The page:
When it comes to openness about government spending, California ranks low among the states according to a new study by the U.S. Public Interest Research Group. Despite the creation of a government transparency web site, California still has "serious deficiencies" in providing public online access to spending data.
"If Californians look hard enough at the budget voted on today they'll notice some serious holes in their ability to follow the money. Billions of dollars in tax breaks and economic development subsidies are spent every year with no disclosure to the public of who gets them or how much they get," said Pedro Morillas CALPIRG Consumer Advocate in a press release.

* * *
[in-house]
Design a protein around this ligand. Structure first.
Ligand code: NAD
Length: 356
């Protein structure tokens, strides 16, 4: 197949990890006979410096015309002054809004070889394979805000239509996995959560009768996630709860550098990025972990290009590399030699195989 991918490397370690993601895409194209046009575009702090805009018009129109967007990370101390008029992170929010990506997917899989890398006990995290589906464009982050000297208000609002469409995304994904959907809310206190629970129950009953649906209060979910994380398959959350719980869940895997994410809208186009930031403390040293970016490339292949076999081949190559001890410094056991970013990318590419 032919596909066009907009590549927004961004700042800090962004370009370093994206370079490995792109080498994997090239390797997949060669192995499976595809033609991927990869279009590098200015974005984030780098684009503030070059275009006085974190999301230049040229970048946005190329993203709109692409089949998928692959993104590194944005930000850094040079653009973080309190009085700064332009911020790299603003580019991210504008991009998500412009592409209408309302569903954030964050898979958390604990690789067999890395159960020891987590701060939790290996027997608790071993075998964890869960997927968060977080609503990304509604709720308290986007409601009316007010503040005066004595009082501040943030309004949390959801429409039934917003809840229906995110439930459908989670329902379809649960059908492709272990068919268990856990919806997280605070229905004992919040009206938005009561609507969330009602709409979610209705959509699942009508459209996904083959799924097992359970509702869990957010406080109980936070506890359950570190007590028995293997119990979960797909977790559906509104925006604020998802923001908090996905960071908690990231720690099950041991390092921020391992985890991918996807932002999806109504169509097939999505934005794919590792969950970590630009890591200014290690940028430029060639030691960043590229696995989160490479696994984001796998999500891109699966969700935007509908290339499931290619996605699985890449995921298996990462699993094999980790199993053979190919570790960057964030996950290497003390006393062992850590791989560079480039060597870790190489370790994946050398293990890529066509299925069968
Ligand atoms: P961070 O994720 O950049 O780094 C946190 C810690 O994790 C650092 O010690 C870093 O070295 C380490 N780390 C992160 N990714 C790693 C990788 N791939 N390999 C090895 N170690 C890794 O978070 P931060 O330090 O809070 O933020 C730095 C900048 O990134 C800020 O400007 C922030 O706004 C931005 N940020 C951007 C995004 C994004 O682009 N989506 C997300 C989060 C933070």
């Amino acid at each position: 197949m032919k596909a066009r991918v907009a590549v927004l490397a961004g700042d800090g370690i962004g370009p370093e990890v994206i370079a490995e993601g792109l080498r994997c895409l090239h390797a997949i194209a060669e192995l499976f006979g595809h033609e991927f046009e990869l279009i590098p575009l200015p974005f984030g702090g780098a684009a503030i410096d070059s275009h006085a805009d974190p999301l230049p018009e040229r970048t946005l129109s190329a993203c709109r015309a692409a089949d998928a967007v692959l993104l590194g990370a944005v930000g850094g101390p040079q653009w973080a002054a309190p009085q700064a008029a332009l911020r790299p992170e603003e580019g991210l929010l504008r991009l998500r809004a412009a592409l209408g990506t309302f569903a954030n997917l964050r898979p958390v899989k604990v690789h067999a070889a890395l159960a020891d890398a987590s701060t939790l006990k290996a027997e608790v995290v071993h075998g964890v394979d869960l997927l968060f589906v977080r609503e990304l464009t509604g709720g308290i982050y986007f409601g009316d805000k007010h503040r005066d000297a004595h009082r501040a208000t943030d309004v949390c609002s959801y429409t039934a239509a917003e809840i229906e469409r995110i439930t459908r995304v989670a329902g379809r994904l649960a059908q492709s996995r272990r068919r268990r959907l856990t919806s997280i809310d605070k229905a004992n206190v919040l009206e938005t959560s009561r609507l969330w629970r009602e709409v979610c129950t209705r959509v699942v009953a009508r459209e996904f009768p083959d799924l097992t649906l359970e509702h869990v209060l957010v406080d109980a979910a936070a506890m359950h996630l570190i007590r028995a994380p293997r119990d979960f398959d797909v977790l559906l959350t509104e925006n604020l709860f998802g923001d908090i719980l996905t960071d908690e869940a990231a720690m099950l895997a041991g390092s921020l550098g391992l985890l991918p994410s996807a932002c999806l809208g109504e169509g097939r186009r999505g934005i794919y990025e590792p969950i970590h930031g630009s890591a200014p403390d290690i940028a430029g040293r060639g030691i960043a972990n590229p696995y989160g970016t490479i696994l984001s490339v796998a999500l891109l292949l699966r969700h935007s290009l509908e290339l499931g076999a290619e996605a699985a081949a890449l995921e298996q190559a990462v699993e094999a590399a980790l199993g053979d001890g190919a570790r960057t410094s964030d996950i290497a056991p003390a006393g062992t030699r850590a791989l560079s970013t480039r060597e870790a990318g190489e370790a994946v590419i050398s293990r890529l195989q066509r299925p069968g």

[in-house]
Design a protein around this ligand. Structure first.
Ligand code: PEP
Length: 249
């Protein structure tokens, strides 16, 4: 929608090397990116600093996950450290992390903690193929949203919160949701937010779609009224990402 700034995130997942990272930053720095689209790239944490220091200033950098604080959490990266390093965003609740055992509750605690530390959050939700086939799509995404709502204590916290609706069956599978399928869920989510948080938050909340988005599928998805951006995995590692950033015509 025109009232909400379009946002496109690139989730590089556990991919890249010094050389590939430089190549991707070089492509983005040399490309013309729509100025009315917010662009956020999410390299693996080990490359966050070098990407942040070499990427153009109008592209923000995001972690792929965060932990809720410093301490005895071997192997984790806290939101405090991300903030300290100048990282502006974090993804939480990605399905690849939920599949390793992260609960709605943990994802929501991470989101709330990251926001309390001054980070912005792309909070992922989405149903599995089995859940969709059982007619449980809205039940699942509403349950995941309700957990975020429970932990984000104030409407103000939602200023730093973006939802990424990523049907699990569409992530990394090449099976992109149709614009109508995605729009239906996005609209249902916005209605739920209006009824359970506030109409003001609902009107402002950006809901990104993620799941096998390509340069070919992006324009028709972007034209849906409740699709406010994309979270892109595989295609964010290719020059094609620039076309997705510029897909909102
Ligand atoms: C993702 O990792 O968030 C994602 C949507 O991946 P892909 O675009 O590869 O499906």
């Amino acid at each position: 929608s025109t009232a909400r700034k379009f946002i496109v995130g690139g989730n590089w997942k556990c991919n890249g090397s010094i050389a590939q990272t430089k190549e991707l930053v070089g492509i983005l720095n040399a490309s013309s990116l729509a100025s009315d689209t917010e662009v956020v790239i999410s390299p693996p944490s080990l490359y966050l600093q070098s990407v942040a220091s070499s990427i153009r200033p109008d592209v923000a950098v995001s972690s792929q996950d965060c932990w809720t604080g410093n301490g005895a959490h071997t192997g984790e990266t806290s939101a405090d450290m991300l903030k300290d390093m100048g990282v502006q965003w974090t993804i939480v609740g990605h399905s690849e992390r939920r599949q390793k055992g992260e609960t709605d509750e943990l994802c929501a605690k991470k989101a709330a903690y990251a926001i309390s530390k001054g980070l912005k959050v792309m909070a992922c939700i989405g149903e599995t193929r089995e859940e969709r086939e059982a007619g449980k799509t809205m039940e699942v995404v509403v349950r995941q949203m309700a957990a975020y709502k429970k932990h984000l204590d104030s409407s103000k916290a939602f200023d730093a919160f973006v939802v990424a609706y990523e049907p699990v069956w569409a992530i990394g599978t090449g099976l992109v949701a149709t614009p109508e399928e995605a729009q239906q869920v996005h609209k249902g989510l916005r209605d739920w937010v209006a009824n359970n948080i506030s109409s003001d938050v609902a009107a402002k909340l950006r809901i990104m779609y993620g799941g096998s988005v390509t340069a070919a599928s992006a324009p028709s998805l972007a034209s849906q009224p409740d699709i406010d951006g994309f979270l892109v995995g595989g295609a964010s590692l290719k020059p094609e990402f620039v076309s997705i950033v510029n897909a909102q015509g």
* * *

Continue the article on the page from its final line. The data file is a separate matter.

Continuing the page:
California earned 62 out of 100 points in the USPIRG's scorecard of state budgetary openness. You can see a detailed breakdown of the criteria used to rank all states in the interactive Follow the Money Map.
PIRG's report arrives in the middle of Sunshine Week, the annual national review of open government. Locally, SW will be celebrated with a panel discussion at McGeorge School of Law on March 23. See also The Bee's story advancing Sunshine Week and profiling area activists who have championed open meetings and records.